But this simply cannot be the full story. I think it is morally right (“true”) to cooperate with the entire human race in order to achieve a peaceful and prosperous world. Unfortunately, this is certainly not the sort of cooperation that natural selection has ever fostered. On the contrary, human evolution has been characterized by competition, not cooperation, among groups, with cooperation limited to each in-group. Indeed, it can be argued that the natural human trait of xenophobia (which I assume we would unequivocally label as morally wrong) has been adaptive for much of the history of Homo sapiens: if someone looks different from members of your in-group, he’s probably dangerous and you should be wary of him.

It is true that Sterelny and Fraser are careful, and are not committed to the simplistic notion that whatever behavior was favored by natural selection it is ipso facto morally good. But there are simply far too many discrepancies between what a theory of evolutionary morality would predict and what most people nowadays consider morally right or wrong for their approach to get us very far.

What then? Are the error theorists right after all? I don’t think so. I suggest that the sort of considerations articulated by Sterelny and Fraser provide a good account of how a natural moral instinct might have evolved: to favor in-group prosociality. But ethics since the invention of language, and especially since the invention of philosophy in different parts of the world between two and a half and three millennia ago, has been about using reason to precisely articulate and usually expand what counts as moral. Slavery, oppression of women, and xenophobia were initially considered morally acceptable, because they either enhanced or did not get in the way of the functioning of human groups. But today we think of all those notions as morally wrong, and for good reasons.

These reasons are the result of a combination of a basic prosocial human nature, an innate sense of the existence of right and wrong things, and of reason applied to the amelioration of the human condition. The first two components are the result of biological evolution, the latter of cultural evolution, which took over once we left the African savanna between 70,000 and 40,000 years ago, and especially after the agricultural revolution of 12,000 years ago. While the natural selective imperative is to survive in order to reproduce, the cultural imperative goes well beyond it: we want to flourish, to pursue projects, to acquire a certain degree of independence, and so forth. Biology simply cannot account for that.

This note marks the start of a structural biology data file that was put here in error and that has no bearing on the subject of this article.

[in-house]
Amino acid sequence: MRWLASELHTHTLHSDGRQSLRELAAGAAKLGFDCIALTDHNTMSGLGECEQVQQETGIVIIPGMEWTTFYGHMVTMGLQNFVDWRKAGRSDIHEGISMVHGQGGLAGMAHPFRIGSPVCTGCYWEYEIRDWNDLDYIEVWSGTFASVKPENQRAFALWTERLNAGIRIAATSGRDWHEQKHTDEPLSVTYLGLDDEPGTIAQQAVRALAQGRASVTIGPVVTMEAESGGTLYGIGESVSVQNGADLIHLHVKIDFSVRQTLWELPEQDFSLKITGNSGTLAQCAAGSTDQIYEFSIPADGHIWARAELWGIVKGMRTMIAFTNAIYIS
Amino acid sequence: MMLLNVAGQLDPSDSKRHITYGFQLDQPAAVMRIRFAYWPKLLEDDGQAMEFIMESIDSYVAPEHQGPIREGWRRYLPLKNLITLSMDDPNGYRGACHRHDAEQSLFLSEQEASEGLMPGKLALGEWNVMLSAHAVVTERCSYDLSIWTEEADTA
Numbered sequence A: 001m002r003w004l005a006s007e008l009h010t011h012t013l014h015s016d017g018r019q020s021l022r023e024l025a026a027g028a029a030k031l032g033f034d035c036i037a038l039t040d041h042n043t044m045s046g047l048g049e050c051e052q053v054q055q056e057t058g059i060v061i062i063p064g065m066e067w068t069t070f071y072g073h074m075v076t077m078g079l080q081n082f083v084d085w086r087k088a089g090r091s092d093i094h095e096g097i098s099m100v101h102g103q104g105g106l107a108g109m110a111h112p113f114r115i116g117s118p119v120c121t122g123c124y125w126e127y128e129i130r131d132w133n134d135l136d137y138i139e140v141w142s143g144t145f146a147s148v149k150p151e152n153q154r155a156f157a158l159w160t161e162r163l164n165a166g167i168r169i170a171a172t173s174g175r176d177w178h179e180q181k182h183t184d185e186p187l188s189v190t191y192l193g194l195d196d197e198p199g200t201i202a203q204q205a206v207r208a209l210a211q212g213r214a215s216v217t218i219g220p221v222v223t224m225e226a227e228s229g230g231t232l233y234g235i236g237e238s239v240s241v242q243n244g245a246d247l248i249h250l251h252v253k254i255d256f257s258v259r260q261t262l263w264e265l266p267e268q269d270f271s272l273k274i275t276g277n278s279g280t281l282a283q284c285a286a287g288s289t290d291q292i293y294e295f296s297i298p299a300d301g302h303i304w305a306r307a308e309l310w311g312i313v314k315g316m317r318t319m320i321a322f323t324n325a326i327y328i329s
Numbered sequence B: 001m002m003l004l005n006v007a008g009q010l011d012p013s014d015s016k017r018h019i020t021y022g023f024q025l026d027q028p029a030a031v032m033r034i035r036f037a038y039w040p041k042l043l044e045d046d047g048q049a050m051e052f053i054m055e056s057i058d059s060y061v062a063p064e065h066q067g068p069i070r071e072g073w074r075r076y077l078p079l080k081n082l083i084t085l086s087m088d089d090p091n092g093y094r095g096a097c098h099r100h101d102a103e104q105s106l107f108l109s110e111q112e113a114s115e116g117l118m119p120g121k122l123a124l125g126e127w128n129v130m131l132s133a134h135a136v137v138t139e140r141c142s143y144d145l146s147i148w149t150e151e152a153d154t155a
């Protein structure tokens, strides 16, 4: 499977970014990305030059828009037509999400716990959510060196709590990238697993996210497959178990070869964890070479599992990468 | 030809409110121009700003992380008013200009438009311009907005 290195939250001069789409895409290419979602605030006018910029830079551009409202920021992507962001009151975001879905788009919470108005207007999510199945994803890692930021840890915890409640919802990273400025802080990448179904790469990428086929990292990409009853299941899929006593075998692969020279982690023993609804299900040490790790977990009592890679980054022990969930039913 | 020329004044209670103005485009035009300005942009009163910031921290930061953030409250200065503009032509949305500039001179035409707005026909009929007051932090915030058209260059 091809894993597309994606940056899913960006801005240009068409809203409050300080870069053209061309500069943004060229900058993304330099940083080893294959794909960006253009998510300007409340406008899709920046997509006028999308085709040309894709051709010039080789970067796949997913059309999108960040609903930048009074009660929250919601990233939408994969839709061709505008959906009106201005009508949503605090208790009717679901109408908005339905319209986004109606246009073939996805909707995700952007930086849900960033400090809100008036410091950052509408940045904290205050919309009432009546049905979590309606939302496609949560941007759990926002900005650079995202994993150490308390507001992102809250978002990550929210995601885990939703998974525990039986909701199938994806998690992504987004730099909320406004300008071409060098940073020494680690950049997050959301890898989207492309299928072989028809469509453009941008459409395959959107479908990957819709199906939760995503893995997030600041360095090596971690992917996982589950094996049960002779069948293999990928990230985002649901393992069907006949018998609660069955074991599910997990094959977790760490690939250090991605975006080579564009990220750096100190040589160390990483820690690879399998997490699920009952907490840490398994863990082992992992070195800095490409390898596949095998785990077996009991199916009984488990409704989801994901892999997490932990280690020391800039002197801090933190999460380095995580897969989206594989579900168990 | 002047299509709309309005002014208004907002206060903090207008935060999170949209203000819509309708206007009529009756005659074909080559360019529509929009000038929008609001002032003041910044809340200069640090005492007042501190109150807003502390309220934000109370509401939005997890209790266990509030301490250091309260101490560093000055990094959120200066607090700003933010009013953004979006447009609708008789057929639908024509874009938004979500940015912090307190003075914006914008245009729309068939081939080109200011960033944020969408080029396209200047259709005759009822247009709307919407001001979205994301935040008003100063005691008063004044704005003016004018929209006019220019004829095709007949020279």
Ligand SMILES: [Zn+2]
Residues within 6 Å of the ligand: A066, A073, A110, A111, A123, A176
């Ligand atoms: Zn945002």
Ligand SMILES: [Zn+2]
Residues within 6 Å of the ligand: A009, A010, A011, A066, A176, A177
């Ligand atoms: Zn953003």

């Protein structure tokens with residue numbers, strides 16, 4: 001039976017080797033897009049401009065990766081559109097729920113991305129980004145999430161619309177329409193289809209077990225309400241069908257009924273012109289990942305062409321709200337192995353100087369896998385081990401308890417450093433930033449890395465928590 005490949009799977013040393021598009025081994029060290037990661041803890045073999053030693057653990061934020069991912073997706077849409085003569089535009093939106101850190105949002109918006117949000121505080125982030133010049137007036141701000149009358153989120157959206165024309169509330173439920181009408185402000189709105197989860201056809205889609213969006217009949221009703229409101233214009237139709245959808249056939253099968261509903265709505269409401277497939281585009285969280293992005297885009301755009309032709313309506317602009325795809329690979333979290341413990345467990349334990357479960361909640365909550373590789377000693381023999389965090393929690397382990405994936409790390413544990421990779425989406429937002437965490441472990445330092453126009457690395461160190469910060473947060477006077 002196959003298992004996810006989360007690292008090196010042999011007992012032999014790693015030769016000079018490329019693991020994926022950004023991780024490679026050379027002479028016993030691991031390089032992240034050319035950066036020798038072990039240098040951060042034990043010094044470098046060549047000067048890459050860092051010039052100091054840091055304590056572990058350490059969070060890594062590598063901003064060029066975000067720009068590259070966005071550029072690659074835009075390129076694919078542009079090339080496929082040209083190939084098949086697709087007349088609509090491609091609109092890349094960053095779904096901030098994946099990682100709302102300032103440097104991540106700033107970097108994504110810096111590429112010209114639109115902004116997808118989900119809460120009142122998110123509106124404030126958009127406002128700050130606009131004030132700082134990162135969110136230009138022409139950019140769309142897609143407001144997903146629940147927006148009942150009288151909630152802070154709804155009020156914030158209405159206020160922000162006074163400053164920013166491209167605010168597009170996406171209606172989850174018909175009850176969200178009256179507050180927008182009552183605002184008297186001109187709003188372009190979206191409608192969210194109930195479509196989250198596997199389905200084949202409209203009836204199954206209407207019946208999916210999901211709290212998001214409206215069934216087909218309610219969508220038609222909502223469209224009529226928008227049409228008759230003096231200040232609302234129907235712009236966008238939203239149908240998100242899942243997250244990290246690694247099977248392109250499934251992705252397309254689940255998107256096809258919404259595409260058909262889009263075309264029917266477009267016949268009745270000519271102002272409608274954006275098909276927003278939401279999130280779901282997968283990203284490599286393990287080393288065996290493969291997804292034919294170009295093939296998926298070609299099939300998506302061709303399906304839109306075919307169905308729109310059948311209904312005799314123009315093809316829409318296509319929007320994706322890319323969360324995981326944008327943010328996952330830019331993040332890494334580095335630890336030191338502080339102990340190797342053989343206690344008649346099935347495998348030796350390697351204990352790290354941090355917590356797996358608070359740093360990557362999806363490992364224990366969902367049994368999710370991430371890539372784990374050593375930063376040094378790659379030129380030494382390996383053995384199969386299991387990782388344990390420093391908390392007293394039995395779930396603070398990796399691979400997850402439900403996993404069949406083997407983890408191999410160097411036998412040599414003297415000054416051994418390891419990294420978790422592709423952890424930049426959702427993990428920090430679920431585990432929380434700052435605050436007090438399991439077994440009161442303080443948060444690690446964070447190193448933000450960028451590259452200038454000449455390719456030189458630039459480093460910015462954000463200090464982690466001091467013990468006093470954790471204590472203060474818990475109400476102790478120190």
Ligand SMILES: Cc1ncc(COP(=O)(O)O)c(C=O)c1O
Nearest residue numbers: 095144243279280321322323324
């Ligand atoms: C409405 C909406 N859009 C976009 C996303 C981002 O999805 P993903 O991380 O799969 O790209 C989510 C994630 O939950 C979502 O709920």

What does, then? As philosopher Philippa Foot famously argued in her landmark 1972 paper, “Morality as a System of Hypothetical Imperatives,” moral truths are conditional truths. IF we wish to build a peaceful world THEN xenophobia is immoral. IF we wish to maximize every agent’s ability to flourish THEN the oppression of groups or individuals is immoral. And so forth.
This makes moral truths a combination of correspondence and coherence. The correspondence part derives from the notion that there are certain facts about the human condition that we can ascertain empirically. For instance that individuals flourish if they are accorded some rights, like the right to health care, or education. The coherence part comes from the fact that IF … THEN statements are a matter of logic, and so reasoning built on their bases is valid in some cases and invalid in others.

Another way to put it is this: if moral reasoning is reasoning about hypothetical imperatives, as Foot correctly, in my mind, argued, then the structure of that reasoning is a matter of logic (coherence) while the assumptions from which one begins any such reasoning are empirical in nature (correspondence). If human beings were radically different kinds of beings, our moral philosophy would look very different, or perhaps wouldn’t exist at all. Hence the relevance to ethics of the concept of human nature.

Some people may be unhappy with what they will conceive as a weakened sense of moral truths. They want categorical, not just hypothetical imperatives. They wish for universal, mind-independent moral truths. Too bad, there is no such thing. Others will deny the above account and embrace a relativist position in which morality is an entirely arbitrary human construct. While theoretically possible, I challenge anyone who adheres to such position to actually live by it. It’s not going to happen because it isn’t a good concept of morality for humanity. Foot-style categorical imperative offer us the best available option to navigate between the Scylla of strict moral realism and the Charybdis of strict moral anti-realism.